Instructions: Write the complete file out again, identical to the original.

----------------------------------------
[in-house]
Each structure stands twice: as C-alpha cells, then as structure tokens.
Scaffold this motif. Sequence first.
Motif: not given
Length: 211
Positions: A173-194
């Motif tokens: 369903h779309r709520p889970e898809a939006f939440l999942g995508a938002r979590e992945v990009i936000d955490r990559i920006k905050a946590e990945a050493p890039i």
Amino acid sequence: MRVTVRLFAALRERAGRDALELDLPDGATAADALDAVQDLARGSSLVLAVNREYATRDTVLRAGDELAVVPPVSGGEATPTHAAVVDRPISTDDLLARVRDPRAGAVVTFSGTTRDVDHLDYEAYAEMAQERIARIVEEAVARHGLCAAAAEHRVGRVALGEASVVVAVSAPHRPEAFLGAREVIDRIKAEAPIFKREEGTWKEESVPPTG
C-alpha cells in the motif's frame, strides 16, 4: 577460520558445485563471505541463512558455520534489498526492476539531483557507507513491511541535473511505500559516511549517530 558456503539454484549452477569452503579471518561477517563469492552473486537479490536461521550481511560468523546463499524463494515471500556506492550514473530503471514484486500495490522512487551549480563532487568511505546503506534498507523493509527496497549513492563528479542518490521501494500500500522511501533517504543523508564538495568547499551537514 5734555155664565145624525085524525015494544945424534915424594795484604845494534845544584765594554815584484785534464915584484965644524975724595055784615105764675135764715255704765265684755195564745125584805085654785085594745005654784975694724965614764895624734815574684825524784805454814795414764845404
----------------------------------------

[in-house]
Each structure stands twice: as C-alpha cells, then as structure tokens.
Scaffold this motif. Sequence first.
Motif: not given
Length: 211
Positions: A173-194
């Motif tokens: 369903h779309r709520p889970e898809a939006f939440l999942g995508a938002r979590e992945v990009i936000d955490r990559i920006k905050a946590e990945a050493p890039i």
Amino acid sequence: MRVTVRLFAALRERAGRDALELDLPDGATAADALDAVQDLARGSSLVLAVNREYATRDTVLRAGDELAVVPPVSGGEATPTHAAVVDRPISTDDLLARVRDPRAGAVVTFSGTTRDVDHLDYEAYAEMAQERIARIVEEAVARHGLCAAAAEHRVGRVALGEASVVVAVSAPHRPEAFLGAREVIDRIKAEAPIFKREEGTWKEESVPPTG
C-alpha cells in the motif's frame, strides 16, 4: 577460520558445485563471505541463512558455520534489498526492476539531483557507507513491511541535473511505500559516511549517530 558456503539454484549452477569452503579471518561477517563469492552473486537479490536461521550481511560468523546463499524463494515471500556506492550514473530503471514484486500495490522512487551549480563532487568511505546503506534498507523493509527496497549513492563528479542518490521501494500500500522511501533517504543523508564538495568547499551537514 5734555155664565145624525085524525015494544945424534915424594795484604845494534845544584765594554815584484785534464915584484965644524975724595055784615105764675135764715255704765265684755195564745125584805085654785085594745005654784975694724965614764895624734815574684825524784805454814795414764845404